6. Did working on this project give you any ideas for other projects? 

Yes, working on this project gave us an idea for a future project. Ultrasound images are frequently selected from videos / frame sequences for classification, but features such as the compression of lesions / displacement under pressure are only semantically encoded in inter-frame deltas and motion vectors. These features could be analyzed and encoded into feature vectors for classification using sequence models such as recurrent convolutional neural networks (RCNN) because they may provide further insights and key details into classifying lesions. Thus, we believe this could be a future project for further advancements for lesion classification to complete in the near future.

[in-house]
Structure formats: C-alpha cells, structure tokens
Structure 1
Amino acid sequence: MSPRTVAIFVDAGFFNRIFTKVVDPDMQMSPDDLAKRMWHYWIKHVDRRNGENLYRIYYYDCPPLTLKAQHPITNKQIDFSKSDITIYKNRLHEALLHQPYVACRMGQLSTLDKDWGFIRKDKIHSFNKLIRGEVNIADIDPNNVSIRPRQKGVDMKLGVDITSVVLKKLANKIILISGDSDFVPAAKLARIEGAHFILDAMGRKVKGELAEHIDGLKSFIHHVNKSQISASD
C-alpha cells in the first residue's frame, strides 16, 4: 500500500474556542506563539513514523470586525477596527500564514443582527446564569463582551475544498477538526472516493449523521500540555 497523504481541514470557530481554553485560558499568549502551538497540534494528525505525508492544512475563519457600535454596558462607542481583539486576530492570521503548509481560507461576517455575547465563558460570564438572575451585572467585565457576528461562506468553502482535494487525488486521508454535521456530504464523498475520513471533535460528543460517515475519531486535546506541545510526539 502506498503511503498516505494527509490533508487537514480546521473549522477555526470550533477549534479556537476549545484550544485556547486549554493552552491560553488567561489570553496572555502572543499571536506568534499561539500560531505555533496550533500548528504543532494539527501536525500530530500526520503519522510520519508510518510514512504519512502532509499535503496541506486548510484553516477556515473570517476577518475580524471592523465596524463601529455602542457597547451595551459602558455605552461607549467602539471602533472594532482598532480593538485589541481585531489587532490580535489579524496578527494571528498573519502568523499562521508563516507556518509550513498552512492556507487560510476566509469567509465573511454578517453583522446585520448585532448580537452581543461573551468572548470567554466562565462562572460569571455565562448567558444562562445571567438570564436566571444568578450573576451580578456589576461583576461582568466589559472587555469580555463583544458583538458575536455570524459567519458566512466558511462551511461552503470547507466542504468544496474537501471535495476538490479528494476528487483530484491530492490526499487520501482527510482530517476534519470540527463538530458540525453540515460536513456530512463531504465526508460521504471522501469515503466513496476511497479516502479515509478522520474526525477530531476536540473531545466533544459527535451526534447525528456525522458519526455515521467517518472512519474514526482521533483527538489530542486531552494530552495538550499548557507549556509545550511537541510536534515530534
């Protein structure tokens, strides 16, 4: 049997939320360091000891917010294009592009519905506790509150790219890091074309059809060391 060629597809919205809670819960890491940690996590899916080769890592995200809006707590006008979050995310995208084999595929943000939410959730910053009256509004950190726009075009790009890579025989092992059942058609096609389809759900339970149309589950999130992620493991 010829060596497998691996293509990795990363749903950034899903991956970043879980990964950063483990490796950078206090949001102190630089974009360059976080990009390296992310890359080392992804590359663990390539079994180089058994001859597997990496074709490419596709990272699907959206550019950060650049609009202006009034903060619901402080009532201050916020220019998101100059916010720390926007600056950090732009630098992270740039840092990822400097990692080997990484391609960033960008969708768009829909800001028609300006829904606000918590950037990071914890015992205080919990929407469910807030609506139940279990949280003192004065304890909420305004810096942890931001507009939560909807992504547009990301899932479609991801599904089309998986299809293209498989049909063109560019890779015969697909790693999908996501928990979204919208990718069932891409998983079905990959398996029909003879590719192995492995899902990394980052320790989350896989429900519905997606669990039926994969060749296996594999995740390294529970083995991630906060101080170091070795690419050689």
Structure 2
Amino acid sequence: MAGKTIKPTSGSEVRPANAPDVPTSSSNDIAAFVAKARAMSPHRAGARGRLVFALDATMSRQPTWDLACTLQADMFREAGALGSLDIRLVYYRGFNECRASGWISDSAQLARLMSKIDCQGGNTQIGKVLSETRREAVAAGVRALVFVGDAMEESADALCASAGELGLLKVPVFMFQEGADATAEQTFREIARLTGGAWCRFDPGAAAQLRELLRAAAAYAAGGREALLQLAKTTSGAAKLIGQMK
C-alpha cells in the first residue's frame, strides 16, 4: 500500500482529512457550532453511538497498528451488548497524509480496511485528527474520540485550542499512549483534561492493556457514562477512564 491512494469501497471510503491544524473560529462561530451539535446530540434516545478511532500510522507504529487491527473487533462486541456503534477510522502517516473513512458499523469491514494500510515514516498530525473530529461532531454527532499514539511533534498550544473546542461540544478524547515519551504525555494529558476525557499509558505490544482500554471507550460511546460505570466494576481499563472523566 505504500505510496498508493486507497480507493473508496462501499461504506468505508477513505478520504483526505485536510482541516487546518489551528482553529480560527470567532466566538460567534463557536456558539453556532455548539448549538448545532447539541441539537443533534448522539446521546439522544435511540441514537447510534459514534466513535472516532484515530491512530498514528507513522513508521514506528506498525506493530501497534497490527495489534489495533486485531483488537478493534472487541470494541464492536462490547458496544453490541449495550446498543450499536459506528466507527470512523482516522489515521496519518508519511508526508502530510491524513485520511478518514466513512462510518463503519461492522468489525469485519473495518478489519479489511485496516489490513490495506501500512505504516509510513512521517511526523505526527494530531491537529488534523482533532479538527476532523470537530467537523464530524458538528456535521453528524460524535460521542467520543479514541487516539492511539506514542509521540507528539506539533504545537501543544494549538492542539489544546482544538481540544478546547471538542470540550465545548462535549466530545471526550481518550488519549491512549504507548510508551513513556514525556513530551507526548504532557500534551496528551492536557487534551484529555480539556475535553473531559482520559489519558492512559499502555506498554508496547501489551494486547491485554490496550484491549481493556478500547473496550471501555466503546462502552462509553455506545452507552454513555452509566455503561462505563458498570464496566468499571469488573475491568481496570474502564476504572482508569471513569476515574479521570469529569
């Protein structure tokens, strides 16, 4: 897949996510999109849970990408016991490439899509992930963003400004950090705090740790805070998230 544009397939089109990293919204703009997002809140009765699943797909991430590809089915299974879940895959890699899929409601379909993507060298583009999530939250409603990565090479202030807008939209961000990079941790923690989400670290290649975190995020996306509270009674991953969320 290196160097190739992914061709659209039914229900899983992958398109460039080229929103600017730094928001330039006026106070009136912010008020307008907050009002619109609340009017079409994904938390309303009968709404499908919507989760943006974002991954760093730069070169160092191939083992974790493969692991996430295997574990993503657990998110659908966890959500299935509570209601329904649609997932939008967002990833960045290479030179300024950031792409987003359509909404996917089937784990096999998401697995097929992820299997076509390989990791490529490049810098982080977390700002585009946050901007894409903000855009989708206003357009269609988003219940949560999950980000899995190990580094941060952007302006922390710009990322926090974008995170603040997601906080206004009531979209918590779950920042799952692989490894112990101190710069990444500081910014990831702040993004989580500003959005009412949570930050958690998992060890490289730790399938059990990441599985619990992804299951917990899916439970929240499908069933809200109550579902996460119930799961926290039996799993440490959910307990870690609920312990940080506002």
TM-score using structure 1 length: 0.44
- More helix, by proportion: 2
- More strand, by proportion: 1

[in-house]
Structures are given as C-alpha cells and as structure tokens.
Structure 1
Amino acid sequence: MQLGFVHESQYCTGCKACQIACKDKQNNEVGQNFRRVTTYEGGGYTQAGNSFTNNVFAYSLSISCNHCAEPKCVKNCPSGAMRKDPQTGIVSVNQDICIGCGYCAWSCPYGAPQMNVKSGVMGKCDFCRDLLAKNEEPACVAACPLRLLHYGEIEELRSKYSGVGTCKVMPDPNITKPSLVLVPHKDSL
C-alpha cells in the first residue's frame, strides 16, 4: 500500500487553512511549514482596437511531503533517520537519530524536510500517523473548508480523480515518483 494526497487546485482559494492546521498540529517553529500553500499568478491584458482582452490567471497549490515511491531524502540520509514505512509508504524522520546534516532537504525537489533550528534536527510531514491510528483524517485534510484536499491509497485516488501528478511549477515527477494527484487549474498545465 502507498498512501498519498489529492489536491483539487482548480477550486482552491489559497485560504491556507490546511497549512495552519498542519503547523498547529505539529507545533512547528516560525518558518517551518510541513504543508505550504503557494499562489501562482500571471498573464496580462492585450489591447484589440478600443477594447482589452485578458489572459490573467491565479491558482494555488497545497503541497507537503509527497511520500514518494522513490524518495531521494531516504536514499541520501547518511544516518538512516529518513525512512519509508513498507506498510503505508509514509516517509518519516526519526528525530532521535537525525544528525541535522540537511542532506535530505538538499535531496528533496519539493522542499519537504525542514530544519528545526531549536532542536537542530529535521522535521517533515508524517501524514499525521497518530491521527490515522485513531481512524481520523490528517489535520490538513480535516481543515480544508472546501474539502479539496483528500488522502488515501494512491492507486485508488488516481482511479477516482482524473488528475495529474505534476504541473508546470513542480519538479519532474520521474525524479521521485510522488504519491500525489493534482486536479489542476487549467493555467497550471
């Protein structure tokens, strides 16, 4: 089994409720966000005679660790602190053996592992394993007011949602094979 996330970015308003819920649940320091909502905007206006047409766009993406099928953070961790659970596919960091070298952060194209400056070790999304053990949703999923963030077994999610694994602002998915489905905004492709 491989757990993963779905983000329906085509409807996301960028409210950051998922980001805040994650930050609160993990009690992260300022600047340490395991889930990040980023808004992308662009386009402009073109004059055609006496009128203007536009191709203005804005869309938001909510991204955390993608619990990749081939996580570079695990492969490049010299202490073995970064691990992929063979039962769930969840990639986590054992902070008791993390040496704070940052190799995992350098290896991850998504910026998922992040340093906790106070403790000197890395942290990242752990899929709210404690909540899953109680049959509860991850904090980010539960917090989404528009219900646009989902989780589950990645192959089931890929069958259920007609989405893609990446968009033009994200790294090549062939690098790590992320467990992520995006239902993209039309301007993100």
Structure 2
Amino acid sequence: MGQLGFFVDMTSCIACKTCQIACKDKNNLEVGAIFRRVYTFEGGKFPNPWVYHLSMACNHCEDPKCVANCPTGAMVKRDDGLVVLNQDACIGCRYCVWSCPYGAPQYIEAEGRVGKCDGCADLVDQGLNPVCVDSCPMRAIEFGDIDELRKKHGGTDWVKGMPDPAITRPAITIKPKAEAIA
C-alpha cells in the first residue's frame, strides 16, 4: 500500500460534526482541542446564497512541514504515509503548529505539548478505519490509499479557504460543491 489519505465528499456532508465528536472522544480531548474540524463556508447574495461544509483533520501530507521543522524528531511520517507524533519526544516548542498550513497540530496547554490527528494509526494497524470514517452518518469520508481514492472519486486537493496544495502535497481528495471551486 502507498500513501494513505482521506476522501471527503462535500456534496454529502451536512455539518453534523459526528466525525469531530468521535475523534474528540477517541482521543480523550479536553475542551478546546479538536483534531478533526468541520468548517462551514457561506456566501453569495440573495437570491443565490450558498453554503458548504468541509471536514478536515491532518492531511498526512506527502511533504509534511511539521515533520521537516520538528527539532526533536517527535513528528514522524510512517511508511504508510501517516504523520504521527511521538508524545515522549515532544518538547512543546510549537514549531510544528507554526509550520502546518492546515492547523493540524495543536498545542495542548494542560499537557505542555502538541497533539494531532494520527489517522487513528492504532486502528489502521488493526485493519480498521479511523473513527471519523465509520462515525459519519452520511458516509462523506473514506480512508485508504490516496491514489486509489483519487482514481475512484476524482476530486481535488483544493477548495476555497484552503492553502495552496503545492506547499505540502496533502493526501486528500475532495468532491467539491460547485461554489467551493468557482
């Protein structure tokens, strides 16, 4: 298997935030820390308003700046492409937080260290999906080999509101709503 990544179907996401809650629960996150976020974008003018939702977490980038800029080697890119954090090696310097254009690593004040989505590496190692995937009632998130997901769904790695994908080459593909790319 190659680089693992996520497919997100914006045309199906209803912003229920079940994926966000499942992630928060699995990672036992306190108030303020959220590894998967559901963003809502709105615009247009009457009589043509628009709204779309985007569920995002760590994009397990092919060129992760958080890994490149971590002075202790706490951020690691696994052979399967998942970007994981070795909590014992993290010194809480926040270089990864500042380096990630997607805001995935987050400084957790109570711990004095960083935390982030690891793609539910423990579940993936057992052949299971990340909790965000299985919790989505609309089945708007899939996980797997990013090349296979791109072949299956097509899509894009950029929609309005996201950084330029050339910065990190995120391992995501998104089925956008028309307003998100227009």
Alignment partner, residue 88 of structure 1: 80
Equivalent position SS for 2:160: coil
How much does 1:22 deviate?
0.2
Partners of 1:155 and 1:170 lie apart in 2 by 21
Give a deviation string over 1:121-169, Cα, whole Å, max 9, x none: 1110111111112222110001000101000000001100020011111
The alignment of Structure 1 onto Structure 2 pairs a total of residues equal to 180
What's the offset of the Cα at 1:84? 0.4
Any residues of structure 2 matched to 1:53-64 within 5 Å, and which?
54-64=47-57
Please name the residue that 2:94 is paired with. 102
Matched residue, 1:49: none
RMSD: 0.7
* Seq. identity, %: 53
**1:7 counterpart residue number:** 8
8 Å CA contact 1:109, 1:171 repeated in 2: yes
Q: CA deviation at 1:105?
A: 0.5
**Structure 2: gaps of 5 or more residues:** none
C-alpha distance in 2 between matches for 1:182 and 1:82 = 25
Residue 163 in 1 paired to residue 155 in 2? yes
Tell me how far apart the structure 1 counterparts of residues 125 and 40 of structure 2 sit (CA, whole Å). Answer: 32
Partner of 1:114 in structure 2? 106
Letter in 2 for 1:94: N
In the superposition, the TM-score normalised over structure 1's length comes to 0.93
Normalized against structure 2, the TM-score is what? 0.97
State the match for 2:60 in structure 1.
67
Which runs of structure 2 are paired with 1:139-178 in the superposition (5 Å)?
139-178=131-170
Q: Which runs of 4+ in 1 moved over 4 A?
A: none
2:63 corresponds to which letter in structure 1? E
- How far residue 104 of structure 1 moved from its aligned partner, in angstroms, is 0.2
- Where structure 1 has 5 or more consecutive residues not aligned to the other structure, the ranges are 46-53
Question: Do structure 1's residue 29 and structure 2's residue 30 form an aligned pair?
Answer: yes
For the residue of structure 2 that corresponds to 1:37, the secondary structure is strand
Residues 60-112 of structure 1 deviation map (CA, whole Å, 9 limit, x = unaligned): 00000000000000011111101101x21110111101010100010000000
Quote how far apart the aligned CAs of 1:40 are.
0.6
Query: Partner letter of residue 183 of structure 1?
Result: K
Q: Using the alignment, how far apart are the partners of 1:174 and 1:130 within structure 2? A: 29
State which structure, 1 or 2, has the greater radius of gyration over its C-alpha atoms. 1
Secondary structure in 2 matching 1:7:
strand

7. How did COVID-19 affect the completion of your project? 

Given the effect of the global pandemic crisis on communities worldwide, there has never been a more important time than ever that the digital age had to step up to become the world’s only way of functioning. As aspiring computer scientists ourselves, our team wanted to do our part to help in any way we could. Luckily, our project was not hindered by the effects of the coronavirus, as it was completely virtual. Throughout the process, we held Skype meetings with appropriate scientists to access classified datasets and receive feedback, completed the project on our personal computers using relevant softwares such as MATLAB.